e-flux Conversations has been closed to new contributions and will remain online as an archive. Check out our new platform for short-form writing, e-flux Notes.

e-flux conversations

Is it possible that free, self-organized art schools will one day replace traditional art education?

If not, what function do self-organized art schools serve?


This is Carolina. I work for Node Center for Curatorial Studies-Berlin. We are actually an independent, self-financed organization interested in developing new cooperative strategies in art education. With that aim, we have just launched our new Curatorial Program 2015-Innovators Grant, which will bring together six risky thinkers/makers willing to expand the use of art and curation. With the idea of looking out from an art perspective, we will explore through the Program how art can enrich and provide practical uses to education.

The Program is for free and we will grant each resident with 900€. If you are interested in the topic, please, check it out: http://www.nodecenter.org/curatorial-program/ :slight_smile:


In a discussion at Cooper-Union regarding “the pedagogical turn”, several years ago, folks were stumped regarding just how the bureaucratic tasks of a radical institution could be transformative for the real bodies sorting out details-- details that were not inflammatory acts of resistance nor the revitalizing parsing and remixing of critical theories. People break and quit after a certain threshold of unpaid self-organization; so school after school rises, falls, composts, and others rise in their stead because the sustained labor is untenable. Self-organized art schools could replace the traditional school and flourish if one could locate the perverts who pleasure in unpaid bureaucracy.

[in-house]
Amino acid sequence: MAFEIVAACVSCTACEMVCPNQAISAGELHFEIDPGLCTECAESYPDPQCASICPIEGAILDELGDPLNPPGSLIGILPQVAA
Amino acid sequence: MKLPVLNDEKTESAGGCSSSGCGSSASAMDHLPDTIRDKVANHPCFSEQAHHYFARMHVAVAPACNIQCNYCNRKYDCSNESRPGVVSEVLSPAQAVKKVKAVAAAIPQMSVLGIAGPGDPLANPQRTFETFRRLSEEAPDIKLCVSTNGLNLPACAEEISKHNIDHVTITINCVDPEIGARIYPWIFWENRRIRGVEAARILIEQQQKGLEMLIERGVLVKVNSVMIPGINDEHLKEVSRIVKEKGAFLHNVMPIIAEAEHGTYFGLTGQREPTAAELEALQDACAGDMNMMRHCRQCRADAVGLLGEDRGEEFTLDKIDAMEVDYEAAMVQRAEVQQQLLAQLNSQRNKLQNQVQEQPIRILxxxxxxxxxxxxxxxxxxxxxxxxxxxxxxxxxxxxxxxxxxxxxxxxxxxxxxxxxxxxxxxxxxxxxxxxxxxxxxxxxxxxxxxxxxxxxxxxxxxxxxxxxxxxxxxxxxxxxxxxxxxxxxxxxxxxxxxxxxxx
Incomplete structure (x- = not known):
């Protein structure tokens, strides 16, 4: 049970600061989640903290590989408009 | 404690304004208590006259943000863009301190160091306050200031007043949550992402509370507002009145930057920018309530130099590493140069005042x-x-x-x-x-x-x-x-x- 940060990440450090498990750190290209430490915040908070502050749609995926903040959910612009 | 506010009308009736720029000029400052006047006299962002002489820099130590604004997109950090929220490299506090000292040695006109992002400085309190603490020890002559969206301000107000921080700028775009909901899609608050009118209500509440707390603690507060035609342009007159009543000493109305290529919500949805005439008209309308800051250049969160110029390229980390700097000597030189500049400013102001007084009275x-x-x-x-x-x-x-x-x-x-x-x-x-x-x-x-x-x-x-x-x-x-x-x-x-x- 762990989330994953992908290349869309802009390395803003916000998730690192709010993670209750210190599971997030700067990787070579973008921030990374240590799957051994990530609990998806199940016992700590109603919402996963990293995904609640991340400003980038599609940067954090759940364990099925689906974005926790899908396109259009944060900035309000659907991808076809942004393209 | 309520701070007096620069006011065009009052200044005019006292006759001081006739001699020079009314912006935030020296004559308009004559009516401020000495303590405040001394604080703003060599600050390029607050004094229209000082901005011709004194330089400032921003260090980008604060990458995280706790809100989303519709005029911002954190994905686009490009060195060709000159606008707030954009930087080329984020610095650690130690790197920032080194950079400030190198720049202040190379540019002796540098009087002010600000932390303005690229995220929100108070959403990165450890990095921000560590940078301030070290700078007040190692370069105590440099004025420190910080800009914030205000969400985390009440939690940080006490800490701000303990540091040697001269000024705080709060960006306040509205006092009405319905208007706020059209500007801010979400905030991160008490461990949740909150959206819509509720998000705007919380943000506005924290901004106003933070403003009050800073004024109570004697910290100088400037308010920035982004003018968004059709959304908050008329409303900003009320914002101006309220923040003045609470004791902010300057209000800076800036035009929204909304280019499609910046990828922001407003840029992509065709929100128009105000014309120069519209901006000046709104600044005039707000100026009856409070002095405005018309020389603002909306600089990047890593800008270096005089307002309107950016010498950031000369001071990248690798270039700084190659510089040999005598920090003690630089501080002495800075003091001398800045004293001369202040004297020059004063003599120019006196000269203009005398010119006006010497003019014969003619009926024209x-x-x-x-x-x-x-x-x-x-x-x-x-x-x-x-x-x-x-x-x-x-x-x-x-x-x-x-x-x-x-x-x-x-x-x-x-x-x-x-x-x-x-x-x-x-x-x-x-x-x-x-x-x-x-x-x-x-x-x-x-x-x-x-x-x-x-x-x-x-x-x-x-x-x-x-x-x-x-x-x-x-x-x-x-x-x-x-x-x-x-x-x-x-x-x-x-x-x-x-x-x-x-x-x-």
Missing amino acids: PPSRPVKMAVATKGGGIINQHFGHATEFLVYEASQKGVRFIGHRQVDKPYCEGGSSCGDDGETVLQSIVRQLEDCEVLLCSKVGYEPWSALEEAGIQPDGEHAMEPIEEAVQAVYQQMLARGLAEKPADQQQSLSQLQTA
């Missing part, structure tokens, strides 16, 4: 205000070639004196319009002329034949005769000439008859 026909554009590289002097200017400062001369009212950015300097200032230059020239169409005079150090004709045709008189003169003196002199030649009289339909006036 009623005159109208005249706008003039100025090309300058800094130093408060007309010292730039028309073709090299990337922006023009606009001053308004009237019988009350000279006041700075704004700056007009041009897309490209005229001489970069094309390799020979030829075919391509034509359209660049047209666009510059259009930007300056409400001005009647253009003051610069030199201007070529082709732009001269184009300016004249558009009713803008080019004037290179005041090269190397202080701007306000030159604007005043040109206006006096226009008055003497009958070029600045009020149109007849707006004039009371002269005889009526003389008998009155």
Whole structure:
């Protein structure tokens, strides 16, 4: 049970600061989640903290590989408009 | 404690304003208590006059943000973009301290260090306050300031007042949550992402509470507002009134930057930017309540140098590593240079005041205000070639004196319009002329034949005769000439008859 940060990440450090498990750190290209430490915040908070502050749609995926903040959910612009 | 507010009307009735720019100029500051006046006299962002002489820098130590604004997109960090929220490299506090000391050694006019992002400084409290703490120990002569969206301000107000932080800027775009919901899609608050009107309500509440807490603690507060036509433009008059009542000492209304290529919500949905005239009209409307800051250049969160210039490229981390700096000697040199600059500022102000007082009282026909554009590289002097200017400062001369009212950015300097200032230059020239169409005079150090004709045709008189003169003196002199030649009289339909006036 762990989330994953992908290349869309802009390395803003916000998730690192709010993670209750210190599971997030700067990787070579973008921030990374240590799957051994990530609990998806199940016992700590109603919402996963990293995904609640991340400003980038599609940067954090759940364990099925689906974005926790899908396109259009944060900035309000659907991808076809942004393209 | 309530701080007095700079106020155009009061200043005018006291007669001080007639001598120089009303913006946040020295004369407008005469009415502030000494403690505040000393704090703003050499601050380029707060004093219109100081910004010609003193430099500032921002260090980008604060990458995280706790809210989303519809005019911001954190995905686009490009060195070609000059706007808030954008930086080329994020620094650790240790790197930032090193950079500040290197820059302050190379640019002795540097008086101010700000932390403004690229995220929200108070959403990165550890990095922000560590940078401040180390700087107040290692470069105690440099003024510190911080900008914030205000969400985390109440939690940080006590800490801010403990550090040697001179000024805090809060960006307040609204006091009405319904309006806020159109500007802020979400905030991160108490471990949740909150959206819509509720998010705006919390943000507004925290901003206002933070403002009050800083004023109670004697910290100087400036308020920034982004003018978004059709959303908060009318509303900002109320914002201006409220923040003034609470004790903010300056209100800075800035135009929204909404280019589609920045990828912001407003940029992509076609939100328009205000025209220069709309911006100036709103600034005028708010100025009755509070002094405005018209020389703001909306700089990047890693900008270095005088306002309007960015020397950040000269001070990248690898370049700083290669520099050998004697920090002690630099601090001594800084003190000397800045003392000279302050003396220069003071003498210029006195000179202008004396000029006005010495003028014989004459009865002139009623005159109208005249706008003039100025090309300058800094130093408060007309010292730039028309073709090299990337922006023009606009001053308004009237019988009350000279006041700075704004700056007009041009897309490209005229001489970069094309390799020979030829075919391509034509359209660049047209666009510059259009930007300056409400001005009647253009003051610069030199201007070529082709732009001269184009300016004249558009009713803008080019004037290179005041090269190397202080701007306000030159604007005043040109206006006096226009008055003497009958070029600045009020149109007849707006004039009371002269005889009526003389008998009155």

Rather now, with the universalising of the MAFA and the expansion of the art PhD the trouble of troubles becomes the desire for qualification: it is genreally this desire that sustains the hegemony of bureaucracies over practices, and how to break this is an undealtwith set of questions and gestures, that might occur within and without institutions. More hedge schools would be a good thing, some kind of resistance to qualification another,

Agreed, but unfortunately even those perversions wane.

It’s far easier to maintain the long-term continuity of an org that resists de-organization (family, a steady-paying job, a school where students are owed something for their tuition, etc). Beyond the basic perversions, momentum or necessity have to be robust enough to keep a project going. Unbound to personal livelihood, self-organized projects are easily abandoned. Case in point, all of the defunct programs on http://teachablefile.org/.

Durability is also lacking because most of us come to these ‘alternatives’ having held many many temporary roles in schools (as passing consumers/students/participants/lecturers), and when conflicts arise, we find little reason to interrupt personal growth in favor of the collective.


Flora Ars + Natura in Bogotá Colombia is a case in point for Latin America. I know that their expectations include hosting a school that is free and has a similar profile to the Whitney Program in NYC. Herewith José Roca explaining their philosophy in this Kickstarter campaign: https://www.kickstarter.com/projects/523694309/flora-community-library
The question, however, is will these programs give a candidate legitimacy in the long run if the program burns out or transforms into something else. In the meantime, you have other almost free “loopholes” in art education that I discuss at length in such examples as Sciences Po Experimentation in Arts and Politics in an upcoming feature on Art + Education, with a program like SPEAP you have a bigwig political University name but a small entity inside (not exactly traditional) that could gain a lot of momentum pretty soon if all goes well with their financing campaign.

1 Like